How do you come up with or what inspires you to come up with the ideas for your novels, novellas and short stories?
For the most part, it is my twisted, restless imagination which is in a perpetual state of generating all kinds of ideas and concepts to use in stories, either just the seeds of ideas or something which might be virtually complete and require no more work than a little fleshing out to become a finished piece.
Other than that I am inspired by a whole bunch of different things, ranging from the works of favourite writers, horror (and non-horror), films, random news reports, everyday happenings, interesting experiences of all kinds, you name it, there is probably something everywhere which has the ability to inspire me. Music, in particular heavy metal, is very inspirational to me, and I often merge it and its influence into my work. Reading through most of my stories, I imagine plenty of people would be able to see these musical influences and pick up on references littered throughout.
I am also greatly inspired by single images, predominantly things such as old abandoned houses or locations, graveyards, snapshots of woodland areas or a single highway lined by dark menacing trees. Pictures like this always fire up my imagination and I can write an entire story based around one image like this.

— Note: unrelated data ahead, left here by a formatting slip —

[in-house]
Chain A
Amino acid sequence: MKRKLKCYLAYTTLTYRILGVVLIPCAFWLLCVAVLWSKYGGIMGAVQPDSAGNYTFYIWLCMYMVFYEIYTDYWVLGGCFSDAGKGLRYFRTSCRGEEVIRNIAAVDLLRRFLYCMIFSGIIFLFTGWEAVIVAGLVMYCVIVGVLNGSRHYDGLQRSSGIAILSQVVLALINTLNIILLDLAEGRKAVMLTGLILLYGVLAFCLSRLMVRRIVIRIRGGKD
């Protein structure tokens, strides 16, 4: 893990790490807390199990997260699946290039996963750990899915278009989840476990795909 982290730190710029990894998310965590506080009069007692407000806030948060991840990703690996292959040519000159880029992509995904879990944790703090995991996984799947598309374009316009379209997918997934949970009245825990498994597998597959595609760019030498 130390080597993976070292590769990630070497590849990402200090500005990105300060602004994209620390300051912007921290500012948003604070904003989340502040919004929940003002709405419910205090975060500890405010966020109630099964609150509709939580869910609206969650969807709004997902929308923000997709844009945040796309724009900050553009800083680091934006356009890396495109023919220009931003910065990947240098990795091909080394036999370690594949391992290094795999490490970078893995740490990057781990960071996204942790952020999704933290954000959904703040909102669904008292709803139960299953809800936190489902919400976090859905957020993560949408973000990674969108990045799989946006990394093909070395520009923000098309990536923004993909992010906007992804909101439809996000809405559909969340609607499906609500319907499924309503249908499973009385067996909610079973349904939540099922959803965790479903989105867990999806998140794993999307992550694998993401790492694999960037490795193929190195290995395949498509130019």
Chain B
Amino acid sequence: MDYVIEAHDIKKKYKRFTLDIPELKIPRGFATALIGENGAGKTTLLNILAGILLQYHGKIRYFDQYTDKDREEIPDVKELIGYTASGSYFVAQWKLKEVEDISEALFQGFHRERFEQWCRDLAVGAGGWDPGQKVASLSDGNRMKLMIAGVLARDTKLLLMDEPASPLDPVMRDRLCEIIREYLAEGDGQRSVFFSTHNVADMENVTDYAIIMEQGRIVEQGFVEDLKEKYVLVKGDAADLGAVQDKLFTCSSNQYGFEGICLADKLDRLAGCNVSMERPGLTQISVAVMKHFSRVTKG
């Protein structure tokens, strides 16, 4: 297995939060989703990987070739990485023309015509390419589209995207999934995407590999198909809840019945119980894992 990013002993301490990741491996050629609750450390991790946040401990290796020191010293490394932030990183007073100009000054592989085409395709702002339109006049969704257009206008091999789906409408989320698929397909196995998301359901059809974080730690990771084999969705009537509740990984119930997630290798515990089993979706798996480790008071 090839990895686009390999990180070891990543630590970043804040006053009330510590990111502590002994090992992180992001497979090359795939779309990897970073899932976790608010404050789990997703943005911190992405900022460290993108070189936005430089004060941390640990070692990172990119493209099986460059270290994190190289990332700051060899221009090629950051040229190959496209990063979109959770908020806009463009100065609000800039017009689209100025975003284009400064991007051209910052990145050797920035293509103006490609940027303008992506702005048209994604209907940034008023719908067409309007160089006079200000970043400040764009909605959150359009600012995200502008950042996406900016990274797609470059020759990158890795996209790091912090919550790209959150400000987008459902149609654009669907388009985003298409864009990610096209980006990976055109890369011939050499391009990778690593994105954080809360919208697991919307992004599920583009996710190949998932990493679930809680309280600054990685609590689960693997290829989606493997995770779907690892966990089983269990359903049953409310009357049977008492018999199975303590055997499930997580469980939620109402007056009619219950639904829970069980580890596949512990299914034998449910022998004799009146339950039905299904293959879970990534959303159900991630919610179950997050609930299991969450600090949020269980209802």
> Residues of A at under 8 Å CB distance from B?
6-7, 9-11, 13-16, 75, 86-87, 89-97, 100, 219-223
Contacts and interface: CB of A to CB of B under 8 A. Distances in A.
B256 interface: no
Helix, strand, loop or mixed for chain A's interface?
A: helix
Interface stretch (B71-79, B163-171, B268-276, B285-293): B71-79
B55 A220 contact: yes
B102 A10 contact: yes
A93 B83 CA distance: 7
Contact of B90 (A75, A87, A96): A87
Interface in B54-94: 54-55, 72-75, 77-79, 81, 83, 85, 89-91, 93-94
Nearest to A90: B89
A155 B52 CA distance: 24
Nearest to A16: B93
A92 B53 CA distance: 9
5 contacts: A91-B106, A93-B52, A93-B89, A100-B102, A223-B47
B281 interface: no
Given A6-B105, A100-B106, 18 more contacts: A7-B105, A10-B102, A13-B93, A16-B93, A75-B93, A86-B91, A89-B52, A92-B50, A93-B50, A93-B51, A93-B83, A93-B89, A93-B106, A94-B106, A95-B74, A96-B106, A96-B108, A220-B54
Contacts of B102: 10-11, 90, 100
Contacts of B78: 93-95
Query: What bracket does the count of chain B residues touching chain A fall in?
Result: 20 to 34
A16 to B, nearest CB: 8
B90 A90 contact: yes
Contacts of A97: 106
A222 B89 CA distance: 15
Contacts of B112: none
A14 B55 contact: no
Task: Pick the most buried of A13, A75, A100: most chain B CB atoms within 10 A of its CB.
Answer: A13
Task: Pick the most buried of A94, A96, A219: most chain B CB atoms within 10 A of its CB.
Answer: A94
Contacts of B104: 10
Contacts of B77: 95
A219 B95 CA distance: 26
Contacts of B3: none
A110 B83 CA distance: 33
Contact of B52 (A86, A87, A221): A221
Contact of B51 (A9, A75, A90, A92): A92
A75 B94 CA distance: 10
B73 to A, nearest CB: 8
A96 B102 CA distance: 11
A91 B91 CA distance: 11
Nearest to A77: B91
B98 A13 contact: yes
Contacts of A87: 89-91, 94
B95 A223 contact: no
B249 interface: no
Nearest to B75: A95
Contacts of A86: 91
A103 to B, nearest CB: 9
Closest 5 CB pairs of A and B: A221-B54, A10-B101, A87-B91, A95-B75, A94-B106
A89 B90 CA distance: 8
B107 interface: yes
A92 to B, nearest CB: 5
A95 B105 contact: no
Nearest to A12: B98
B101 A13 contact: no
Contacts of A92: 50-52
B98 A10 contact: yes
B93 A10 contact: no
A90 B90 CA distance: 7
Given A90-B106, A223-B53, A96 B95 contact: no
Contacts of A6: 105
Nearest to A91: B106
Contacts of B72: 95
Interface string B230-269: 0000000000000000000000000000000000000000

What are you currently working on and what else do you have planned for 2015?
Right now I am currently working on two novels, with another novella that has the potential to be pushed out to become another novel as well. The main one I’m concentrating on is going to be something of a creature feature, a monster tale. It won’t be any kind of departure from the grindhouse, splatterpunk excesses of Plebs, since those are the kinds of things I love to read and write, but I’m planning on making it a little shorter. We’ll see how that pans out. I’m also in the process of reading through the finished Plebs follow-up book and trying to cut down the size of it, since I completed writing it and finished with an end result in excess of 280 thousand words. There has been the consideration of splitting that book in two, and putting the option out there has seen a few differing responses. Some would prefer two shorter books, while some just want the whole thing as it is, a gargantuan opus.